- The Washington Times - Friday, May 5, 2006

PARIS — “Bonjour, mademoiselle” — is that a sexist insult? A classic pickup line? Or just a friendly greeting for millions of Frenchwomen every day?

Whatever it is, it could become a thing of the past.

A group of French feminists wants to get rid of the word “mademoiselle,” or “miss,” saying the term turns a female into an inferior being defined by her marital status.

“When you get letters, the postman or anyone passing by your mailbox can see whether you are married or not. It’s nobody’s business,” said Mathilde, an unmarried 40-year-old, who has started a petition for the government to abolish the term.

Mathilde, who runs a small consulting firm and wants to stay anonymous because she fears reprisal from critical clients, said “mademoiselle” turned women into sex objects clearly marked as unmarried and thus available.

“The term ‘mademoiselle’ puts a diminutive view on our girls. It turns them into incomplete ‘little things,’ never really autonomous, who will not become real adults unless they find a husband or become mothers,” says her petition, which has been signed by about 4,200 people.

Mademoiselle derives from the medieval term damoiselle — depicting a young girl of nobility. The equivalent male term ‘damoisel’ has disappeared from the language.

Feminists say a term distinguishing an unmarried woman is outdated in a country where almost 50 percent of children were born to unmarried parents in 2005.

Mathilde said she decided enough was enough when a lawyer told her to sign a contract for an apartment as “mademoiselle.”

“I didn’t want to continue to have this label of a minor,” she said in her small Paris office.

Her petition — which has gained much press attention in France and is supported by some feminist groups — calls on authorities to force firms to scrap the term in all administrative or contractual documents. Mathilde aims to hand it over to the government before the summer.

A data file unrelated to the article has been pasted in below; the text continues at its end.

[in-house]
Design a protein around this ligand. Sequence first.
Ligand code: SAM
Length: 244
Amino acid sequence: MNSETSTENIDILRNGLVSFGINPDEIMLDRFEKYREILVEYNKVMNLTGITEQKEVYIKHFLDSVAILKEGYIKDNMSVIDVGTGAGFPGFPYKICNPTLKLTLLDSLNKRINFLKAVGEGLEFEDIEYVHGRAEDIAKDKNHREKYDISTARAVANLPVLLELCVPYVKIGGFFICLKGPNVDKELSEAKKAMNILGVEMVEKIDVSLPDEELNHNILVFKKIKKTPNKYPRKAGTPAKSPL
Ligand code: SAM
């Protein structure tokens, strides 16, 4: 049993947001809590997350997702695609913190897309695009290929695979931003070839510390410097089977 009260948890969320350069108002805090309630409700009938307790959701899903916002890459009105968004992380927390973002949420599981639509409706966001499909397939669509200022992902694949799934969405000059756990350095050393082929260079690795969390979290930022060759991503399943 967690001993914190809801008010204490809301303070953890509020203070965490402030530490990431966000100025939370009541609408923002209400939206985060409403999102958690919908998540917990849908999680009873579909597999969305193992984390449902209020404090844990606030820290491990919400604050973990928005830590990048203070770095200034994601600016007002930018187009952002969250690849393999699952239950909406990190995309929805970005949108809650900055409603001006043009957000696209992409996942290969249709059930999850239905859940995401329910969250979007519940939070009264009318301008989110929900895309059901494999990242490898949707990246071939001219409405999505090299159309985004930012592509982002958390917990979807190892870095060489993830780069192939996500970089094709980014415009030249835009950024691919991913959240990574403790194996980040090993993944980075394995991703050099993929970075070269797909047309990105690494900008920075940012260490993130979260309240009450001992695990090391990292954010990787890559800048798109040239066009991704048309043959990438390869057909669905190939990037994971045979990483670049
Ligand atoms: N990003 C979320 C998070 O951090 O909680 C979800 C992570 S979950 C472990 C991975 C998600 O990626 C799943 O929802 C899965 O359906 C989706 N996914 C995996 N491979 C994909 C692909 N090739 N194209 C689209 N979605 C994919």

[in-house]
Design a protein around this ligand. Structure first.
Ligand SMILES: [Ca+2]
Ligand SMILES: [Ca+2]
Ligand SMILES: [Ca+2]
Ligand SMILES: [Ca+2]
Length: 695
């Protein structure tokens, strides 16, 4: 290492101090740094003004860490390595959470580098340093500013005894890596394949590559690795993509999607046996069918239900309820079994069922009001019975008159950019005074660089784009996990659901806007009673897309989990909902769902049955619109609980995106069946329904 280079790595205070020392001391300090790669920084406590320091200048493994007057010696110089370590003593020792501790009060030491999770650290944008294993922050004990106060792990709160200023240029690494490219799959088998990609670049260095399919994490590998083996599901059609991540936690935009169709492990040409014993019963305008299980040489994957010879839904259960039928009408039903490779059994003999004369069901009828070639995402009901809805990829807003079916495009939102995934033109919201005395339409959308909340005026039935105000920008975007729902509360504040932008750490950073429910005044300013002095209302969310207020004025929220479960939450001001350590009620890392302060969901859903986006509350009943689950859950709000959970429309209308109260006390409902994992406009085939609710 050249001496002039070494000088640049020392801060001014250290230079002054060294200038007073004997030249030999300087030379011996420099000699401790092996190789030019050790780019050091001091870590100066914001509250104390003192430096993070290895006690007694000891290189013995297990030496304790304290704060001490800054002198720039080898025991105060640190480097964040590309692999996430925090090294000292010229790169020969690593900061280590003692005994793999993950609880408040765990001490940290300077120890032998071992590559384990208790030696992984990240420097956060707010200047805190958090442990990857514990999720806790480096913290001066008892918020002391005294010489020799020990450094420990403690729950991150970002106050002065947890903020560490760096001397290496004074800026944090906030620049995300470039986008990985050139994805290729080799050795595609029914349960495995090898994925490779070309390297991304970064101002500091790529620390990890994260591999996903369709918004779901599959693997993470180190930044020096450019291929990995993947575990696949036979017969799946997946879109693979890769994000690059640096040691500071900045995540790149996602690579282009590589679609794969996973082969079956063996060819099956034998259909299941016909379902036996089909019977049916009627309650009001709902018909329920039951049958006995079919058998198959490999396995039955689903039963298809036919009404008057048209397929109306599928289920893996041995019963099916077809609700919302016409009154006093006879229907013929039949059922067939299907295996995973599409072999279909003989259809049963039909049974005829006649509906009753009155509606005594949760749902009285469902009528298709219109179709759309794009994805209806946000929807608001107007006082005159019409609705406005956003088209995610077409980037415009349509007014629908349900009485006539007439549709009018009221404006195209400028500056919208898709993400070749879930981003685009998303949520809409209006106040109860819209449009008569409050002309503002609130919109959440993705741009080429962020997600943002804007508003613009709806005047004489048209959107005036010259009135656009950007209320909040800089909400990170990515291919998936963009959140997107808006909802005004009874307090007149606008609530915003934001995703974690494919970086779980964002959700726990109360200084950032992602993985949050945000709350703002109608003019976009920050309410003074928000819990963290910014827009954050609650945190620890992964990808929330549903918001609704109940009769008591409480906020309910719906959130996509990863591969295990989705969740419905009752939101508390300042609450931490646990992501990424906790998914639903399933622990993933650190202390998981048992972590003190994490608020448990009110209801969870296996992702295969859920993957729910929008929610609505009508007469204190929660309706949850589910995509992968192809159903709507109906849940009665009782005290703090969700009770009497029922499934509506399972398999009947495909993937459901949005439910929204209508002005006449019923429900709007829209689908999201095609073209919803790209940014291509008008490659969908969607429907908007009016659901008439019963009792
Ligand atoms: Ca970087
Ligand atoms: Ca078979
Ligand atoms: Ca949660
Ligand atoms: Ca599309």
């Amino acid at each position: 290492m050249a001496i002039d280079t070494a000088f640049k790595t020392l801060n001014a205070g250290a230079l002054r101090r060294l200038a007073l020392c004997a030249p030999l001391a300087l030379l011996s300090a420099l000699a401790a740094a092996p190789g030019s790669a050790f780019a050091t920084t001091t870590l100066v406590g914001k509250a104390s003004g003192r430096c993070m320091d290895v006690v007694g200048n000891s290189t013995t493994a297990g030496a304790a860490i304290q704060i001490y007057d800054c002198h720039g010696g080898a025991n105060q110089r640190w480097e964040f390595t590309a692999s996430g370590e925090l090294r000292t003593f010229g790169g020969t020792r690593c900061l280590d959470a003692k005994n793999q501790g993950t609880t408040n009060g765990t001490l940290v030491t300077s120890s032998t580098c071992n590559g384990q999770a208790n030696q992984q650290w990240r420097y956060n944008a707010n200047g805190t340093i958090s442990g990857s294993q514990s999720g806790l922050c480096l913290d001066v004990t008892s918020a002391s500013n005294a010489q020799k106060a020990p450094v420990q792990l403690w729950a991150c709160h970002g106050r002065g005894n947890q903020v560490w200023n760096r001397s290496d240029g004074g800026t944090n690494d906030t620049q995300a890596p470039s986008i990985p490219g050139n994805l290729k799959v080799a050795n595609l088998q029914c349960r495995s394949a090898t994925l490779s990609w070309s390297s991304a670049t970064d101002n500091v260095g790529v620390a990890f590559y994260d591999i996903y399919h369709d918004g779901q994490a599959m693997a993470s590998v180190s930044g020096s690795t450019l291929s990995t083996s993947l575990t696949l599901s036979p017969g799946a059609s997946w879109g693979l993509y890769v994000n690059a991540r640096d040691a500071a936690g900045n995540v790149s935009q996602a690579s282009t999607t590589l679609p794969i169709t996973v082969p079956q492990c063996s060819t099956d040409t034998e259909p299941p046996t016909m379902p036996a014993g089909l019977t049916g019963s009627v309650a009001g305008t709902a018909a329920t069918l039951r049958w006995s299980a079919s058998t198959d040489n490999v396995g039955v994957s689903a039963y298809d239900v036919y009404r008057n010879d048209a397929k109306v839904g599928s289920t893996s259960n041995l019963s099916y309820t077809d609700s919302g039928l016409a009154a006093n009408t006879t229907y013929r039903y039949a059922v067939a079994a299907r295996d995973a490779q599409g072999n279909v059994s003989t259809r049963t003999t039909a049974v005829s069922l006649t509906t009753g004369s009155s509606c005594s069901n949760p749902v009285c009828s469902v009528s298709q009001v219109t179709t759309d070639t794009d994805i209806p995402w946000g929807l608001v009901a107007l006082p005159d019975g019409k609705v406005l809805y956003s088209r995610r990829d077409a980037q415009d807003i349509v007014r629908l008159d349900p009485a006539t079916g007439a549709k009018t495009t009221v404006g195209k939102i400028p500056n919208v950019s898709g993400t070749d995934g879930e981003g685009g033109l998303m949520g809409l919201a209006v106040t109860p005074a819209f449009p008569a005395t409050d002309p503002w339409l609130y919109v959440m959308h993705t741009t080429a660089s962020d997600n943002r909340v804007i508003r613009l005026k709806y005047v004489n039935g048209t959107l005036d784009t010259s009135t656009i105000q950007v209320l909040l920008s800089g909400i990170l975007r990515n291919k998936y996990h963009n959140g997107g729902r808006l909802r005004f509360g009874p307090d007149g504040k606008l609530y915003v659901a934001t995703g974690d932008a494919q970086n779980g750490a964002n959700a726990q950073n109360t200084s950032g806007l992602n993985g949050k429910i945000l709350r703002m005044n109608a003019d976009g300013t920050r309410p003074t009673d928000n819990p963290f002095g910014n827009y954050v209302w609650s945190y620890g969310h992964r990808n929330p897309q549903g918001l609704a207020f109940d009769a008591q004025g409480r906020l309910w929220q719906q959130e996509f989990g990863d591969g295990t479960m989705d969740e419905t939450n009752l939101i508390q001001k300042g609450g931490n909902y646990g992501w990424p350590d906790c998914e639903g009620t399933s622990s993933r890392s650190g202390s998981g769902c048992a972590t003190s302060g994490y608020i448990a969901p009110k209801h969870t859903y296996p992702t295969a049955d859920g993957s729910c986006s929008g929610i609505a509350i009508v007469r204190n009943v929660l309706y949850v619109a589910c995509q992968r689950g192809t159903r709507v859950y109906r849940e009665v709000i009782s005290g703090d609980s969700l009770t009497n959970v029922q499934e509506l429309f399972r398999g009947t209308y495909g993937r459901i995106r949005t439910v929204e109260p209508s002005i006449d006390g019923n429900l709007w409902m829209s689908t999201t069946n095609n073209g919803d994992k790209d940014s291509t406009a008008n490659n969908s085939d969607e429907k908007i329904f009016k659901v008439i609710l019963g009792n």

Although French law is clear on the fact that the term cannot be imposed, practice is different. Women have to decide whether they are “mademoiselle” or “madame” at banks, insurance firms or when buying train tickets.

The feminists’ anger is even bigger because equivalent words have been scrapped or replaced elsewhere.

In English-speaking countries, the terms “Miss” or “Mrs.” for unmarried and married women have somewhat given way to the neutral “Ms.” In Germany, calling a young woman “Fraulein” is almost considered an insult, and the term “Frau” has become the rule.

In France, where politics is still a very male-dominated game, male politicians speak of their female colleagues in terms lawmakers in other countries would no longer dare utter in public.

The news that Socialist regional leader Segolene Royal might run for president next year prompted open scorn. One man asked who would look after her four children. Another reminded Mrs. Royal the election was “no beauty contest.”

“The criticism is focused on the woman not having a brain,” Mathilde complained. “People always talk about her body and the way she dresses. All that is very misogynous.”

Not all Parisian women agreed with Mathilde’s plans.

“I like being called ‘mademoiselle.’ It’s charming, and it makes me feel young,” said Laurene Lasne, 23. Unmarried Ayline Onger said being called “madame” made her feel like her mother.

“But when I talk to single moms, I call them ‘madame,’ ” said Miss Onger, a 25-year-old social worker. “I don’t want to rub in the fact that they are on their own.”

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